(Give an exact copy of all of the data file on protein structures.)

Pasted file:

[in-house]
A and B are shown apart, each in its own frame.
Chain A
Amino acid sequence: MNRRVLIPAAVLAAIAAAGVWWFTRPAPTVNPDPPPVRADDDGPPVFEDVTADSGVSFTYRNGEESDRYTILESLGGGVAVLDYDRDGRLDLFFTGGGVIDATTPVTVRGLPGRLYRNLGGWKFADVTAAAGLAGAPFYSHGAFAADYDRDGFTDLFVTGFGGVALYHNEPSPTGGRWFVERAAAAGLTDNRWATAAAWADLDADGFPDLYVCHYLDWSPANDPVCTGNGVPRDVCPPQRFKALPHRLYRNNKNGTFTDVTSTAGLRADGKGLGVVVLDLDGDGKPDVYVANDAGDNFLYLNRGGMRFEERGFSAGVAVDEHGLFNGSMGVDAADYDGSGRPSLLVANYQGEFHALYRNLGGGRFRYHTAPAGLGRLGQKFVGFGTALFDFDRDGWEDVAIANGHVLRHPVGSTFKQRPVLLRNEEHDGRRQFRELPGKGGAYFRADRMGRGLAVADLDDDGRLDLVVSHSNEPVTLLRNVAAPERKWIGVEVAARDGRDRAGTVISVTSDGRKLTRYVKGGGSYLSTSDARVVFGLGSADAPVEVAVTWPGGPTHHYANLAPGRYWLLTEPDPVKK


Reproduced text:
[in-house]
A and B are shown apart, each in its own frame.
Chain A
Amino acid sequence: MNRRVLIPAAVLAAIAAAGVWWFTRPAPTVNPDPPPVRADDDGPPVFEDVTADSGVSFTYRNGEESDRYTILESLGGGVAVLDYDRDGRLDLFFTGGGVIDATTPVTVRGLPGRLYRNLGGWKFADVTAAAGLAGAPFYSHGAFAADYDRDGFTDLFVTGFGGVALYHNEPSPTGGRWFVERAAAAGLTDNRWATAAAWADLDADGFPDLYVCHYLDWSPANDPVCTGNGVPRDVCPPQRFKALPHRLYRNNKNGTFTDVTSTAGLRADGKGLGVVVLDLDGDGKPDVYVANDAGDNFLYLNRGGMRFEERGFSAGVAVDEHGLFNGSMGVDAADYDGSGRPSLLVANYQGEFHALYRNLGGGRFRYHTAPAGLGRLGQKFVGFGTALFDFDRDGWEDVAIANGHVLRHPVGSTFKQRPVLLRNEEHDGRRQFRELPGKGGAYFRADRMGRGLAVADLDDDGRLDLVVSHSNEPVTLLRNVAAPERKWIGVEVAARDGRDRAGTVISVTSDGRKLTRYVKGGGSYLSTSDARVVFGLGSADAPVEVAVTWPGGPTHHYANLAPGRYWLLTEPDPVKK